The Wicker Tree Blu-ray review

            The Wicker Man is on the BFI’s list of the top 100 British films. A film like that should not be touched or messed with, which is why I found the Nicholas Cage remake to be unnecessary. The Wicker Tree makes that remake look like a masterpiece. Original writer/director Robin Hardy returns to the subject, though this has only tarnished the image of the original. Even a guest appearance by The Wicker Man star Christopher Lee is unable to save this mess of a film.

            Part of the problem with this return to the same subject matter is that it can never live up to the shocking nature of the original. We already know from the very beginning that all of the villagers we meet are actually insane members of a pagan cult. This time it is a na├»ve young couple from Texas who are pulled into a ridiculous new ceremony in a rural Scottish community.

            The couple (played by Brittania Nicol and Henry Garrett) are on an odd missionary trip, attempting to spread the word of the Lord to the Scottish people. Apparently they have not heard of Christianity yet. She is a former sex-object teen pop star, turned born-again Christian artist. This seems like an odd choice for a person to kidnap and kill, but we are asked to accept this major plot hole from the very beginning.

            The Blu-ray offers very little excitement to an already unimpressive film. There is a making-of featurette as well as some deleted scenes and a trailer. The high definition is not altogether forgiving on the shoddy filmmaking, from the special effects to the simple production values. The only reason for the high definition seems to be in order to see the copious amounts of flesh as clearly as possible.

Let the Bullets Fly Blu-ray review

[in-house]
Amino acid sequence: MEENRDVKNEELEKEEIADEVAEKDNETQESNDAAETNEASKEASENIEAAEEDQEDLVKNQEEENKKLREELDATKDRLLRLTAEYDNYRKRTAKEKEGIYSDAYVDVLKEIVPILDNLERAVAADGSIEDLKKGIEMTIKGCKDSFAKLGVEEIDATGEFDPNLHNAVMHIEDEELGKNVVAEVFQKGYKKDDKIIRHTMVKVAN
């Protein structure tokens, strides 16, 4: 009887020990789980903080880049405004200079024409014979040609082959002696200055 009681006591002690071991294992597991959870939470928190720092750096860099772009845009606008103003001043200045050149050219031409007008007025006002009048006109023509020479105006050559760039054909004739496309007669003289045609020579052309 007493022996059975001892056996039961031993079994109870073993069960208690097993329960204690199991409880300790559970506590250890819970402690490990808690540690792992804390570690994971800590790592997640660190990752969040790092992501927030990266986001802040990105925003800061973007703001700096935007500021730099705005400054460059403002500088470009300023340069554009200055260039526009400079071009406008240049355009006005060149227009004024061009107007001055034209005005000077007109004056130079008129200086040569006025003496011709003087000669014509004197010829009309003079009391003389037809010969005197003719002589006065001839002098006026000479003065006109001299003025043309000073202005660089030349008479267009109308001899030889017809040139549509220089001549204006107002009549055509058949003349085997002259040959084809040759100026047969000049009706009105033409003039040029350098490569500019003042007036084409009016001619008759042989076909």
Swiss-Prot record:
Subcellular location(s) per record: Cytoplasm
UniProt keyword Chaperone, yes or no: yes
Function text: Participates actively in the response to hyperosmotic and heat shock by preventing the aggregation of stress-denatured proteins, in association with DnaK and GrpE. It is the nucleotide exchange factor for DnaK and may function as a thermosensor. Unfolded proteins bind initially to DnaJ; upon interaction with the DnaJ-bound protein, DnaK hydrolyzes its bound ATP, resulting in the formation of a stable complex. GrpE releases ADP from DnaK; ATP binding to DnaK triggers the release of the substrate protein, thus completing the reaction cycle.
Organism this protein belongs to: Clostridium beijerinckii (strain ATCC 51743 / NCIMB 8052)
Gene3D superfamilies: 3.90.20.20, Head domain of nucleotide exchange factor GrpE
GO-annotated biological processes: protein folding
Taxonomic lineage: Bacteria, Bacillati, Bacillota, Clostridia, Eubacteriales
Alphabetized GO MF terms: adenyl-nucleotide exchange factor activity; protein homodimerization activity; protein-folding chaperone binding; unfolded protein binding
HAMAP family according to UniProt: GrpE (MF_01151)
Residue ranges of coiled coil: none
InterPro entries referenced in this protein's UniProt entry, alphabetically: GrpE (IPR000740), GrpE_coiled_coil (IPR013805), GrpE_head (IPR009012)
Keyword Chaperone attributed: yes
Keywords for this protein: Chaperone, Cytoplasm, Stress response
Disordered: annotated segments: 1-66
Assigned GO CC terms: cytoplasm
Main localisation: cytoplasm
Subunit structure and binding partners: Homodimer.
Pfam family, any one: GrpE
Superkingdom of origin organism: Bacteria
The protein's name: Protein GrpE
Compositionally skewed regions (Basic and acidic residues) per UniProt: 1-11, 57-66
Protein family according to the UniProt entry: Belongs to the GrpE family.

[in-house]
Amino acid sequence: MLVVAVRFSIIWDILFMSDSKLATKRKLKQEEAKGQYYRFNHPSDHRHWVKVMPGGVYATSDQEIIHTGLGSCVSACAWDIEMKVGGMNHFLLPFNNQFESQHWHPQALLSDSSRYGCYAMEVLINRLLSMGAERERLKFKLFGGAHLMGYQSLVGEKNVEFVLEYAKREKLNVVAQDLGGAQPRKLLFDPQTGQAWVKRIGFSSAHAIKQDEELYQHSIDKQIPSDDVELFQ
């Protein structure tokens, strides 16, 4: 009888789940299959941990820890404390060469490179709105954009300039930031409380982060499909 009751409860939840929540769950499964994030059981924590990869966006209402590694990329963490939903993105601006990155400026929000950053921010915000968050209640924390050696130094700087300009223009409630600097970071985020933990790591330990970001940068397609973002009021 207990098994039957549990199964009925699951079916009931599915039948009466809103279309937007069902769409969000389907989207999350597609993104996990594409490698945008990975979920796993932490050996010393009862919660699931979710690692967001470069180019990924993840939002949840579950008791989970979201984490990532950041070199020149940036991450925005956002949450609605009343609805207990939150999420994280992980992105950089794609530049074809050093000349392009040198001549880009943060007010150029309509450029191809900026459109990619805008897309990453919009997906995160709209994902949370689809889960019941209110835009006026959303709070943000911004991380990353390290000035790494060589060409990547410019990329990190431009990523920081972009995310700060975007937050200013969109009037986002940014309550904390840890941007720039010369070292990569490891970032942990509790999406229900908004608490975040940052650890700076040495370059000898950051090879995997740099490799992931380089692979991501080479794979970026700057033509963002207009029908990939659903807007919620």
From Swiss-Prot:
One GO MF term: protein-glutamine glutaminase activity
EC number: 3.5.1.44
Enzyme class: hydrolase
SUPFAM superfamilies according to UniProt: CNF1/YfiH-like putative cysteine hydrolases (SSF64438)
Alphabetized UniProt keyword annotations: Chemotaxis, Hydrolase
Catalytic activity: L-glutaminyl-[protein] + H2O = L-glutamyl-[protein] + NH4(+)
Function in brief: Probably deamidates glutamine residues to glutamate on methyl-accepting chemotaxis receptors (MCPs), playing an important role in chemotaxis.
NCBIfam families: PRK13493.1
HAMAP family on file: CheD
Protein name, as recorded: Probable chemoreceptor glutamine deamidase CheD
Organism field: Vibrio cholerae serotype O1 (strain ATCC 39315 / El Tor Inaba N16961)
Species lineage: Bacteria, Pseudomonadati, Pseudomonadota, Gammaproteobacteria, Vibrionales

Let the Bullets Fly is full of bullet ballet moments which seem inspired by a John Woo film, though it also has a plot that is worthy of a classic western and some slapstick which is often oddly closest to films like Kung-Fu Hustle. Not all of these elements always line up smoothly within the film, but individually there are some great sequences. The storyline is what truly makes the movie engaging, playing out like a chess game between two violent men.

            Legendary bandit Pocky Zhang (Jiang Wen) and his numbered gang members attempt to make easy money with train robberies. When they attack a carriage holding a con man governor (Ge You), Zhang is given the opportunity to make a great deal more money with a scheme. They enter the town as Goose Town as governor, but find that the town is under the iron fist of Master Huang (Chow Yun-Fat). Huang is rich and ruthless, soon giving Zhang reasons beyond money to destroy him. These two brilliant and violent men go to battle against each other passively, manipulating and maneuvering in secret until the final blowout.

            There is plenty of action in Let the Bullets Fly, but the focus remains much more on the maneuvering of the two men than it does gunplay. There is far less spectacle than I was expecting, and fans of gun films may find themselves a bit disappointed in that respect. Fortunately, there are enough other strong elements to make up for the minimal gunplay within a film with bullets in the title.

            The high definition does look spectacular, as the film has great production values even with less action than hoped for. The special features are lacking, however, including only trailers and an English Language track for those too lazy to read subtitles.